Teachers expand horizons past classroom


photo courtesy of Carlos Velasquez

Social Studies Teacher Carlos Velasquez plays the drums in his cover band Smugglers Reef.

From grading  assignments to dealing with difficult students, teaching can seem like a pretty stressful job. Even with limited time, educators are finding ways to serve their community and pursue their passions outside of work. 

History teacher Carlos Velasquez  is the drummer in a cover band called Smugglers Reef. “I’ve been really involved in music,” Velasquez said. “In high school I was a top musician. I was in the all-state orchestra and I played with the Broward symphony.” 

When Velasquez was in college, he and some friends created a rock band, but in the end he stopped playing music for a while. It wasn’t until recently he started up again.

“I made a stupid mistake and stopped performing classically. It was the dumbest thing I ever did,” Velasquez said. While he wishes he never stopped playing, he continues to practice with his current band.

In addition to caring for her own three children, philosophy teacher Michelle Lipp is also a home cook for another family. It started with picking the kids up from school and later turned into cooking for them. She makes meals like roasted lemon herb chicken and copycat Chicken Kitchen dishes. 

The cover of “A Simple Smile: A Poetic Memoir” by Dorthy Mahfood

“I feel blessed every day for this opportunity and the relationship I have made with the entire family,” Lipp said. She wants to continue to cook for the family as long as she can, although she doesn’t plan to leave teaching to become a professional chef.

When he isn’t editing student essays, English teacher Dale Mahfood pursues writing novels he hopes to publish. He also helped his mother Dorothy Mahfood publish her book of poems “A Simple Smile: A Poetic Memoir,” which is written about her early life in Jamaica.

“I enjoyed working with her on one of the initial edits of her poems,” Mahfood said. 

He helped to hire people to edit the book and design the cover and format. The book contains inspiring narratives of Dorothy’s motivating life and experiences. It’s available now in bookstores and on Amazon.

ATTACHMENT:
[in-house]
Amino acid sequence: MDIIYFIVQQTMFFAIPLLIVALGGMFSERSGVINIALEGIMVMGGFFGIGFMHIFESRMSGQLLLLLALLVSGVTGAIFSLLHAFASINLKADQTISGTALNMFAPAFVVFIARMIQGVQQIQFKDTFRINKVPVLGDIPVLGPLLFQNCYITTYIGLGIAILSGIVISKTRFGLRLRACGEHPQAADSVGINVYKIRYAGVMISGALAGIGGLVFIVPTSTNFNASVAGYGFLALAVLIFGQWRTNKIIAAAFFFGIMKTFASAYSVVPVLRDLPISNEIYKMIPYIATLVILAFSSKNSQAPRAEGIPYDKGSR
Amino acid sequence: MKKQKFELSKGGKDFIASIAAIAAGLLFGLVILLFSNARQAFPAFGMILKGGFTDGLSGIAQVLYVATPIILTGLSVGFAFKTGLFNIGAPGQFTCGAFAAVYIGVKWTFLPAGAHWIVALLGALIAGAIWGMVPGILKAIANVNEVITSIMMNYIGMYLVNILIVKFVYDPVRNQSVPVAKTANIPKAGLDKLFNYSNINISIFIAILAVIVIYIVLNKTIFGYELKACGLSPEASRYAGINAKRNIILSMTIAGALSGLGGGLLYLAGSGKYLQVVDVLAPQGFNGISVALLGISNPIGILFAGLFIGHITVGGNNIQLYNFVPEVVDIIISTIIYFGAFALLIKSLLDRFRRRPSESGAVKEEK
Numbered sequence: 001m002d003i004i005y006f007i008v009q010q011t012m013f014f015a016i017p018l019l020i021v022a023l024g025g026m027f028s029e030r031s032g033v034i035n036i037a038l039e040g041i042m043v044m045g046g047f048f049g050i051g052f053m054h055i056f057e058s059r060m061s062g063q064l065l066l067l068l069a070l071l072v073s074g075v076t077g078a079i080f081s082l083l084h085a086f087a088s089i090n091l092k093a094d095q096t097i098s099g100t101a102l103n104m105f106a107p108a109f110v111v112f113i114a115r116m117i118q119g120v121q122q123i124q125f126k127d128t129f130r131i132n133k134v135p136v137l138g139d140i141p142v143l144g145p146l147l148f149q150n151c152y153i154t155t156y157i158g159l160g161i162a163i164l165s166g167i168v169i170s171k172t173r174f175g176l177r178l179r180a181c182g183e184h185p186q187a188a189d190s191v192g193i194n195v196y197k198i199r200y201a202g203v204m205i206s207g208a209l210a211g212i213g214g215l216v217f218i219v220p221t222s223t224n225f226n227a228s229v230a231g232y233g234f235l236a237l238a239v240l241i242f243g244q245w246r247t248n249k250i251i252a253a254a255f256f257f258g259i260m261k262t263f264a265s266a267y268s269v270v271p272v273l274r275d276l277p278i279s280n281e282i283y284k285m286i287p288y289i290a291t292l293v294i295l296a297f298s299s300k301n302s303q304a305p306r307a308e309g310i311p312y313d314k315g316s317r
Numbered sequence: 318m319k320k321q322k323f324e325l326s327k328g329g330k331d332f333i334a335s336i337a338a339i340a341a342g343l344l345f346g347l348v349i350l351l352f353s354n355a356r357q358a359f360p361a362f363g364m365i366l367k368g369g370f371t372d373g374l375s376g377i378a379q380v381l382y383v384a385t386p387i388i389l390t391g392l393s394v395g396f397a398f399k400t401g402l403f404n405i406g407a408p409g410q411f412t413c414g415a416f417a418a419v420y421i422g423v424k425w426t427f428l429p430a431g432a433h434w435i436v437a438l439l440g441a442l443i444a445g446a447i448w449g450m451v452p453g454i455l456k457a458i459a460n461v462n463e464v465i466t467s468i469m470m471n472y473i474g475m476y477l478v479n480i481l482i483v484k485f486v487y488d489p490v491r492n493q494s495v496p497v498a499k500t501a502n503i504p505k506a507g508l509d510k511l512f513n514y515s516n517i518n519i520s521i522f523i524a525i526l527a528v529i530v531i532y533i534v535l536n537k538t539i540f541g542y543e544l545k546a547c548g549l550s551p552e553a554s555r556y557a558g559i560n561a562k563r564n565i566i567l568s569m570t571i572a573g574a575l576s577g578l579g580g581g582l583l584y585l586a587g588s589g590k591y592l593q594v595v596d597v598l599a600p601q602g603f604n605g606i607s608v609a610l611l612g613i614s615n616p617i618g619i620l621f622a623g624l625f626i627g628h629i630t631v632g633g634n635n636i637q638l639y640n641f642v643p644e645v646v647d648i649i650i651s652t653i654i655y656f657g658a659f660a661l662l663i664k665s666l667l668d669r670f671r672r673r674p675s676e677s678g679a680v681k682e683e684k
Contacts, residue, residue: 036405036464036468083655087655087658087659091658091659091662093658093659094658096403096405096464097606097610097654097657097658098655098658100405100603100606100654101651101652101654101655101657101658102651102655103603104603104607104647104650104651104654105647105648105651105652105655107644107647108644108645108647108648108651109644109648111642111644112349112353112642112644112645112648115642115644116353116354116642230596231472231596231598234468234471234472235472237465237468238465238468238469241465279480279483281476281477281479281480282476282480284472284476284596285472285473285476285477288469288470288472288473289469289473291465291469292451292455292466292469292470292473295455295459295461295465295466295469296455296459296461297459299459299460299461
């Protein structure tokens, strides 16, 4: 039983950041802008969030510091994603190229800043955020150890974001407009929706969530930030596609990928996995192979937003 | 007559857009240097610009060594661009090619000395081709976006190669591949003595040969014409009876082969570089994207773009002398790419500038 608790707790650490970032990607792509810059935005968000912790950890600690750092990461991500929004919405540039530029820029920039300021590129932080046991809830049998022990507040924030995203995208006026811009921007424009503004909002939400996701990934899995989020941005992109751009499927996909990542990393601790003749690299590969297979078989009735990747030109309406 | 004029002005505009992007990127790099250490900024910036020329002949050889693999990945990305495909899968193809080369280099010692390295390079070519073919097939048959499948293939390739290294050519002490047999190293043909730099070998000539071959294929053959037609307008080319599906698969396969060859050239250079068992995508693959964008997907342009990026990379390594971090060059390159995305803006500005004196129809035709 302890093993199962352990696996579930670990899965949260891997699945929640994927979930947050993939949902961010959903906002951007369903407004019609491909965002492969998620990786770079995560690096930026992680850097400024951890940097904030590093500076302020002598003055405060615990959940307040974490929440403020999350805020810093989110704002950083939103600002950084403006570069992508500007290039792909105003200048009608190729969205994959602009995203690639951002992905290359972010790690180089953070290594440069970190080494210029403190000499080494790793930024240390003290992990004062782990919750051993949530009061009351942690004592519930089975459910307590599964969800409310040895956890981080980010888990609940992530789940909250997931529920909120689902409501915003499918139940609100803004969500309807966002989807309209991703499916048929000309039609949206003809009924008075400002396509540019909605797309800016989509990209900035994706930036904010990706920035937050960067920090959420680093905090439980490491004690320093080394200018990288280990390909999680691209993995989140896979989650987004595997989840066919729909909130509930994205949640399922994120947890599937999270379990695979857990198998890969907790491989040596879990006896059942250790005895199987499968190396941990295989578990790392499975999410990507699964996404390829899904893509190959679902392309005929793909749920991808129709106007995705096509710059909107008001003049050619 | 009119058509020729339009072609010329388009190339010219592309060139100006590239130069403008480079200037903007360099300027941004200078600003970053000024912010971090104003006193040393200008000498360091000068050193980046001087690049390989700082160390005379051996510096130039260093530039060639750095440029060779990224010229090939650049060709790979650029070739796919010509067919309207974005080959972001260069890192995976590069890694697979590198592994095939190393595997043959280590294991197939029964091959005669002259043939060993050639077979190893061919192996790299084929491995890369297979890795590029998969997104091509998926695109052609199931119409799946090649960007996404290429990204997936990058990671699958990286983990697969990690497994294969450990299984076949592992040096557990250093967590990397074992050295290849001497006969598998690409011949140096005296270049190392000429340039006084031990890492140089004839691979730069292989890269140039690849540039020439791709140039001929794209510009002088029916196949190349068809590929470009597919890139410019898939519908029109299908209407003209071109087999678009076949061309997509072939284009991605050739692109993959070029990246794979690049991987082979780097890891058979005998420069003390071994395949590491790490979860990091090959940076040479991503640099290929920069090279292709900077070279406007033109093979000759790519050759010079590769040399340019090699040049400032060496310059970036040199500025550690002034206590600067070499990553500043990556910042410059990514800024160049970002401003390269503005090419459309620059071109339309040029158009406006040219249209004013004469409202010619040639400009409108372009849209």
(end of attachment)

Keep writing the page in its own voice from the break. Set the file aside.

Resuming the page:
Mahfood is currently working on a project called “The Jamaica Chronicles” which is a historical fiction series set in Jamaica in the 1940s through the 1970s. The first book in the series “Oristano” was inspired by stories his mother told him about growing up in Jamaica. 

“I’ve fictionalized some of her stories and added many other fictional characters and events,” Mahfood said. “It takes place during the last part of World War II… which was the beginnings of moving away from being a British colony.” 

More information on his work can be found on his website dalemahfood.com.

When she’s not helping her students, Spanish teacher Roxana Rivero uses her knitting skills to make hats and scarves for hospitalized children in Peru.

“It all started back in March, right after school was shut down,” Rivero said. 

She already had a friend who knitted for kids with cancer, and after hearing about it, Rivero wanted to help out as well. While she hasn’t been to the country in three years, her friends in Peru help distribute the scarves and hats to the kids. 

“It’s such a great cause! I love making each hat and scarf. [I add] some unique detail if I can,” Rivero said.

Reading teacher Ruth Fafasuli mentors at-risk foster children and helps adolescents who have been in abusive households. 

“Since my daughters are grown, I feel like I can do something in such situations,” Fafasuli said.

Ruth Fafusili spends time with foster kids she has built a relationship with. (Courtsey of Ruth Fafusili)

She is interested in a volunteer program where she can watch over kids in the foster care system.

“I am still in contact with a young man named Wilno and I met him when he was 16 and he is now 24,” Fafasuli said. Wilno was in a very bad place at the time, and now has found a place to live, food, and mental health care. To this day, he still refers to Fafasuli as “Mom.”

In addition to working with foster children, Fafasuli paints and makes hand crafts at home. She enjoys holiday crafts, but still does others like painting her patio and painting floral designs.

Art teacher Cynthia DePanicis encourages her students’ artistic pursuits and assists the elderly in her off time. From getting groceries to just being someone to talk to, she stays “on call” for older residents.

“It’s important to reach out,” DePanicis said. It doesn’t take a lot of effort to help them feel comforted.  “All they need is someone who cares and to feel loved.”

Some may not think about the life teachers have outside of school. In reality, there is so much more to what they do. Whether it’s another career or helping others, teachers’ lives expand beyond school.